Dining with Autism

Dining with Autism

Going out to eat at a restaurant can be difficult for any family and for a family with a child who has autism, dinner out can include rude stares and harsh comments.

Children diagnosed with autism often exhibit challenging behaviors, some of which can considered disruptive to those around them. Repetitive language and behaviors are classic signs of the disorder and can range in intensity.

Some families find eating out too stressful with a child with autism but here are some tips to help you avoid some common problems when dining out.

What to do if: Your child has a difficulty with new experiences

There are many steps you can take to make your child more familiar with the experience of eating out. You can practice at home, by demonstrating reviewing a menu, ordering, colouring or enjoying another quiet pastime during the wait and staying in their seat.  Before going straight for a restaurant at dinner time, try first just having a single course at a quieter time or day or going to a fast food restaurant where less people are sitting down for extended periods.

What to do if: There’s too much stimulation

Restaurants are typically crowded and noisy — that’s par for the course. But as a parent, you know that some autistic kids have a really hard time with sounds, movement, smells and sights.

Apart from obviously trying to avoid restaurants altogether if this is a big problem for your child, you will want to do what you can to at least minimize the worst of these sensory issues. Here are some suggestions:

Ask to be seated away from other tables as well as away from the bathrooms, kitchen or main entry way.  Ask for a high-backed booth when available, or sit in a corner to limit exposure to outside stimulus. Take your child outside for a walk or to sit in the car if things get too much for them.  Try to keep your child entertained with a books or toys.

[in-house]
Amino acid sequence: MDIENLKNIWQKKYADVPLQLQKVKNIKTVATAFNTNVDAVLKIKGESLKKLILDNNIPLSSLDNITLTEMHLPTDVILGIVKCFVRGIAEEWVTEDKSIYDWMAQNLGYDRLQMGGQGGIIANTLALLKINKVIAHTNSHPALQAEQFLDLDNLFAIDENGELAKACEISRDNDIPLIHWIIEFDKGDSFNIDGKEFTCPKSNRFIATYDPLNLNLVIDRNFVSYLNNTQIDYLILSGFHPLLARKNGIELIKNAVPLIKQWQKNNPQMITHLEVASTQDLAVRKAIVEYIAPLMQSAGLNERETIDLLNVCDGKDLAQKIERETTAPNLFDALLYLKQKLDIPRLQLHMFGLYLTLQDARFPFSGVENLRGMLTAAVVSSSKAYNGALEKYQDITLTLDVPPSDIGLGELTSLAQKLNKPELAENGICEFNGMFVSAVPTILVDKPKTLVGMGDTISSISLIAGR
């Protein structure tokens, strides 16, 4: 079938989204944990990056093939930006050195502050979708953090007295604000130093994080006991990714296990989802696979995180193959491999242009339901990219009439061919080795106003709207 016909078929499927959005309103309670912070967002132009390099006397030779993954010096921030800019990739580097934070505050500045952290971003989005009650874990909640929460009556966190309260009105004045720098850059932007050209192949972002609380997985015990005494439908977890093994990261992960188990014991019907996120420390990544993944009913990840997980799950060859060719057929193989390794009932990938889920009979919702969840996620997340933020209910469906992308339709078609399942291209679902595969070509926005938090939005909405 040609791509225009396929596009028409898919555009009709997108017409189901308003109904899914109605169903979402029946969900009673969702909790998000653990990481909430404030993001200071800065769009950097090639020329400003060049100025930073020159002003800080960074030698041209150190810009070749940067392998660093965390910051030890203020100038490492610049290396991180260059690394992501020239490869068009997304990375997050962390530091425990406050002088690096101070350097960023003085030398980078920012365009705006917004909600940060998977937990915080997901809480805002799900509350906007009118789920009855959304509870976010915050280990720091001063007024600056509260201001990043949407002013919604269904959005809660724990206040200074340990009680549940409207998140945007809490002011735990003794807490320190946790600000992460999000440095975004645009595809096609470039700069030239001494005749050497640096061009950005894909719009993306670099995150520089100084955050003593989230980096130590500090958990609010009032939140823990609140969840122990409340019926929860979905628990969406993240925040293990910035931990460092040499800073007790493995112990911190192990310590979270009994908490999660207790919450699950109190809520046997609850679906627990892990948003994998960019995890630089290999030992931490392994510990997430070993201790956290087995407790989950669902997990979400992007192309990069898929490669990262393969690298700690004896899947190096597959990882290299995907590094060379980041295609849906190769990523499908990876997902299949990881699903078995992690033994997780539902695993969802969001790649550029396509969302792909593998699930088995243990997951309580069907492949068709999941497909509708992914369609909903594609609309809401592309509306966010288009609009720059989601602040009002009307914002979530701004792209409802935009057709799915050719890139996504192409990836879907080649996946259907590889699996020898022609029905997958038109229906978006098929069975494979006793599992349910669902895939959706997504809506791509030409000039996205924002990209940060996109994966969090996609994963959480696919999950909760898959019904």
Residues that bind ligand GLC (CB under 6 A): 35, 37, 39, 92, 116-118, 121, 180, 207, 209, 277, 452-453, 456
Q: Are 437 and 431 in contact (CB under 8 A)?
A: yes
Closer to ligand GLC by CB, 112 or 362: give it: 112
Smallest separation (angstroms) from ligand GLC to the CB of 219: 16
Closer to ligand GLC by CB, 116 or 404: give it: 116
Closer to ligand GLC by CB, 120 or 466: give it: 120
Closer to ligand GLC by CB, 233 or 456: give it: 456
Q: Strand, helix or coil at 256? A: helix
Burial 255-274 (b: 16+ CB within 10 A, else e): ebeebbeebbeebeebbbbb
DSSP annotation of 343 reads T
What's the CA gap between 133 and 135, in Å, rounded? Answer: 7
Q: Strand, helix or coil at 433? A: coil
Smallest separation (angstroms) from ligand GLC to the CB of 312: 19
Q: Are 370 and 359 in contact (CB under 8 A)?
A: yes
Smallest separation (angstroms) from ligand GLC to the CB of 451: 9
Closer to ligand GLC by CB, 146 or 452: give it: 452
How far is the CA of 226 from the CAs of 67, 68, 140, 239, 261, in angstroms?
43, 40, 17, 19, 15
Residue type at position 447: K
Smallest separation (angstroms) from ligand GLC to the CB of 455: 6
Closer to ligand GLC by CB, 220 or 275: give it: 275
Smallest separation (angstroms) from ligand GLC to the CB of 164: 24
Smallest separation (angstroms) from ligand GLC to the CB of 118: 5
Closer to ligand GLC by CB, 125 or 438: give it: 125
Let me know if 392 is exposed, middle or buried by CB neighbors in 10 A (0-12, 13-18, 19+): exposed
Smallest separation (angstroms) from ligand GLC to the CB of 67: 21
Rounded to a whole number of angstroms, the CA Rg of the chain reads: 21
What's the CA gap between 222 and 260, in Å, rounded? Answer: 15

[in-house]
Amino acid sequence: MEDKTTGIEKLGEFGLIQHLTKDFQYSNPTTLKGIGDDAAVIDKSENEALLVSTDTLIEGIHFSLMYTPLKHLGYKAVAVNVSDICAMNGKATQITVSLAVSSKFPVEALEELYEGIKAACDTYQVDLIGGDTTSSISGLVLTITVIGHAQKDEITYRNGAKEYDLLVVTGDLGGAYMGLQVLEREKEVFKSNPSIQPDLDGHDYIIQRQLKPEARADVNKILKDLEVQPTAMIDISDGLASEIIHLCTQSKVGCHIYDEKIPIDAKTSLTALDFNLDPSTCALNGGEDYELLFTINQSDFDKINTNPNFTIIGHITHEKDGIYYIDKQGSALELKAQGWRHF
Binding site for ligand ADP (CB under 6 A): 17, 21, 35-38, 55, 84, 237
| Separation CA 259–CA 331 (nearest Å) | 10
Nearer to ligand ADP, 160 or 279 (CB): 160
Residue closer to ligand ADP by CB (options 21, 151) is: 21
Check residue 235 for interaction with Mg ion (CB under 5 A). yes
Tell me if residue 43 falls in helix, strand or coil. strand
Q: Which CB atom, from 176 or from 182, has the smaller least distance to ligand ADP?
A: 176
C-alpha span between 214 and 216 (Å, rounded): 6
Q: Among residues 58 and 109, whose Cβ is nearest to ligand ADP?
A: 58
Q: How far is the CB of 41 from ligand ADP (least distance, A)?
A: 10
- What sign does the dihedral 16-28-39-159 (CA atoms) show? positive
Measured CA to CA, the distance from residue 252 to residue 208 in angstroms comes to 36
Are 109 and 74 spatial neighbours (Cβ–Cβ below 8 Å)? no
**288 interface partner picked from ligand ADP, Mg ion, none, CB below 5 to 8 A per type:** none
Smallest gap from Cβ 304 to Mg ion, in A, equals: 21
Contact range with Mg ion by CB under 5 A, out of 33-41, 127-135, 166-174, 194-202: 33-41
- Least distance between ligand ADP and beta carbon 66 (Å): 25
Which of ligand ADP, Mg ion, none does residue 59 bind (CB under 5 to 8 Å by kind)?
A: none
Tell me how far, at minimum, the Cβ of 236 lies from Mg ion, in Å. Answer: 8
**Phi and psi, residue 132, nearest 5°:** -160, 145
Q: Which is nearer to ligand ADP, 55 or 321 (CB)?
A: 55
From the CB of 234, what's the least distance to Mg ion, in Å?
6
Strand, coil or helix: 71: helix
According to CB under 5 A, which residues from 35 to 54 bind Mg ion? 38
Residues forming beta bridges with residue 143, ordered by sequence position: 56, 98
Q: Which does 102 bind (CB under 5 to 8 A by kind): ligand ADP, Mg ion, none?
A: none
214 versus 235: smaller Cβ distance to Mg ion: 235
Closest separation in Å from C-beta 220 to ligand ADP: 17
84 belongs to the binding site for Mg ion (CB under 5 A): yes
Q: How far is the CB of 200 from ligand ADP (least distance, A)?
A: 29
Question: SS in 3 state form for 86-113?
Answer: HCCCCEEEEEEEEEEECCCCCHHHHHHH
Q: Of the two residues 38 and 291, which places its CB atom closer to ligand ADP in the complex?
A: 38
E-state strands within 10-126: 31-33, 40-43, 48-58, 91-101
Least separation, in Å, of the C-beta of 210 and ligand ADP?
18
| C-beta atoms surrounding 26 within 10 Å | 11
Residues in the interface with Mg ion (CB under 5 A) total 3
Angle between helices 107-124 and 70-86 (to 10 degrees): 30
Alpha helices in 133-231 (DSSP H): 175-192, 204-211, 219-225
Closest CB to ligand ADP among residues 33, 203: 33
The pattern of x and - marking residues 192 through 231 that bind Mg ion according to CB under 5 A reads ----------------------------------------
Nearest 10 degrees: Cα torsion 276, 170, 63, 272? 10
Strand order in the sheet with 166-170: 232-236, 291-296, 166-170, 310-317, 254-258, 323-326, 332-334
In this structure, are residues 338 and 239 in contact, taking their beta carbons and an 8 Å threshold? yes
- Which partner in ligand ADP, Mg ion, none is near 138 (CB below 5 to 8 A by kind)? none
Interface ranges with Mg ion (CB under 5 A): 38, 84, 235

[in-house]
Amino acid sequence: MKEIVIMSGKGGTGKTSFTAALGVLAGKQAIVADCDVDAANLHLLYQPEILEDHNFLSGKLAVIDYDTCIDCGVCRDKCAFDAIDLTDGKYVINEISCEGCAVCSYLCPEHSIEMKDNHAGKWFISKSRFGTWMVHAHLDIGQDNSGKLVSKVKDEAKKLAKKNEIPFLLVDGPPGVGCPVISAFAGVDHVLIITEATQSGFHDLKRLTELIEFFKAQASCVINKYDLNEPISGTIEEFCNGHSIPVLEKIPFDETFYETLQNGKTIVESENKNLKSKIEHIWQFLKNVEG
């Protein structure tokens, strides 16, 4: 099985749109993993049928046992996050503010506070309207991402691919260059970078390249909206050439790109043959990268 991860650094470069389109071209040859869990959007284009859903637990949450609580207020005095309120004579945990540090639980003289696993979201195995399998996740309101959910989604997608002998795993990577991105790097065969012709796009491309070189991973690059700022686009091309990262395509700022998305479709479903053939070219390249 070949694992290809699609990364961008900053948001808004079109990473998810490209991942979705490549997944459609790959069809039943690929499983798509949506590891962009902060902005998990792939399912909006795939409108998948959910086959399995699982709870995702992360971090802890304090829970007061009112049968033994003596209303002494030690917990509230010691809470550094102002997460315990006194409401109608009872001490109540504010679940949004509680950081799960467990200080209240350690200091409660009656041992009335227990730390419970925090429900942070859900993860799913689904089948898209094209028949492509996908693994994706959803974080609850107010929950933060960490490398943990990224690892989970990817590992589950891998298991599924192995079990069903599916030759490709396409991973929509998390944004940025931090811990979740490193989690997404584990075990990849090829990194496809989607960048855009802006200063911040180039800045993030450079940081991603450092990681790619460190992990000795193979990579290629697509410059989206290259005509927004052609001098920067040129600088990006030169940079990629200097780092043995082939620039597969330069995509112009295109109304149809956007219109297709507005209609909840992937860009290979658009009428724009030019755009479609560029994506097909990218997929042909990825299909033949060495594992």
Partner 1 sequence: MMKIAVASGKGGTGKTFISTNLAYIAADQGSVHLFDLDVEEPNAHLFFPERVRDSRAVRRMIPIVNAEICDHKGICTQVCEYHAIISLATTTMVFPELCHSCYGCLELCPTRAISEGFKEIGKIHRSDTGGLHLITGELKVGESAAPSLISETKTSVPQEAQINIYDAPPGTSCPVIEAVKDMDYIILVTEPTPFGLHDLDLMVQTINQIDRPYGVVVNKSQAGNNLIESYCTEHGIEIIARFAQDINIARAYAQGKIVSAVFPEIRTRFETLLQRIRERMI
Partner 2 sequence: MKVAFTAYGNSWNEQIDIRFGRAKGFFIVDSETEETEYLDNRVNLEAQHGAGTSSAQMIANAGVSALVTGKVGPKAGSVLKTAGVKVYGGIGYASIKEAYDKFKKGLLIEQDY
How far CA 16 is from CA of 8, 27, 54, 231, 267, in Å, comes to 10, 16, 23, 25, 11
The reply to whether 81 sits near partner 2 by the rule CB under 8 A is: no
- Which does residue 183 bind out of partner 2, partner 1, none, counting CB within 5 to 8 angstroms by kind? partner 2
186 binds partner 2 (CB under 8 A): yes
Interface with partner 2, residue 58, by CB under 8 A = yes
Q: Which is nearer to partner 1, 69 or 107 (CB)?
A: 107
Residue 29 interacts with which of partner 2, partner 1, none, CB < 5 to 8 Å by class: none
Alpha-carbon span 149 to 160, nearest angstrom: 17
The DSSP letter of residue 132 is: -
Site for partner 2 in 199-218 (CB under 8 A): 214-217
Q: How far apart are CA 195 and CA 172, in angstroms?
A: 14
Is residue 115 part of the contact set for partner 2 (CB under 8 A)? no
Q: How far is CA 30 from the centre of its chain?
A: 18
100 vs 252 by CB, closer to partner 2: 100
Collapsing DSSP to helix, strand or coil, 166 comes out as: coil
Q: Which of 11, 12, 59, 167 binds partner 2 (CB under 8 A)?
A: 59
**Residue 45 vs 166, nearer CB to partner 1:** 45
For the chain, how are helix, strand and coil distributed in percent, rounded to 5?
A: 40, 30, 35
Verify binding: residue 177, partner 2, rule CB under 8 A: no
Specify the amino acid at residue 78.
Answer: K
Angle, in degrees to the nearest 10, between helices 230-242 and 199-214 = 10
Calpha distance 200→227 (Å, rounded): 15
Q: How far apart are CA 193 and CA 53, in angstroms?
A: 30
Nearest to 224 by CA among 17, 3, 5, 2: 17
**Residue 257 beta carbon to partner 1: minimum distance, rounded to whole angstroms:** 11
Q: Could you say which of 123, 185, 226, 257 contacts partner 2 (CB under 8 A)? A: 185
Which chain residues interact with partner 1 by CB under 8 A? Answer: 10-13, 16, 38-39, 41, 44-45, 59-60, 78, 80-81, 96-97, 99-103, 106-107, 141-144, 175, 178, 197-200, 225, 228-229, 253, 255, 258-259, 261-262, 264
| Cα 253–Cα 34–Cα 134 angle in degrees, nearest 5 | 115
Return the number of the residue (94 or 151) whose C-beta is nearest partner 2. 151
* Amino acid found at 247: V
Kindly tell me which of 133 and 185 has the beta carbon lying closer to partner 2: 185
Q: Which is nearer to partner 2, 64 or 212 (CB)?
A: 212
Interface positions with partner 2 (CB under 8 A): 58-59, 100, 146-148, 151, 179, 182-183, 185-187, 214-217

What to do if: Your child won’t stay in his chair

If you are able to be seated in a booth you can sit on either child of your child. If you are seated with a table and chairs, have your child sit in the spot furthest away from other customers (a corner by the wall or between two other people in your party) to minimize any disruption to others in the restaurant.

What to do if: People stare or make comments

It is important to be prepared to educate others about autism when dining out or just being away from home in general.  There are cards available that explain what Autism is that you can hand out if people get curious or want to help.  When possible let other people in your dining party know in advance what to expect.

How do you prepare yourself or your child for going to a restaurant? Can you share some positive/negative dining experiences? What strategies do you employ to ensure the best experience possible for you and your family?  Tell us on Facebook.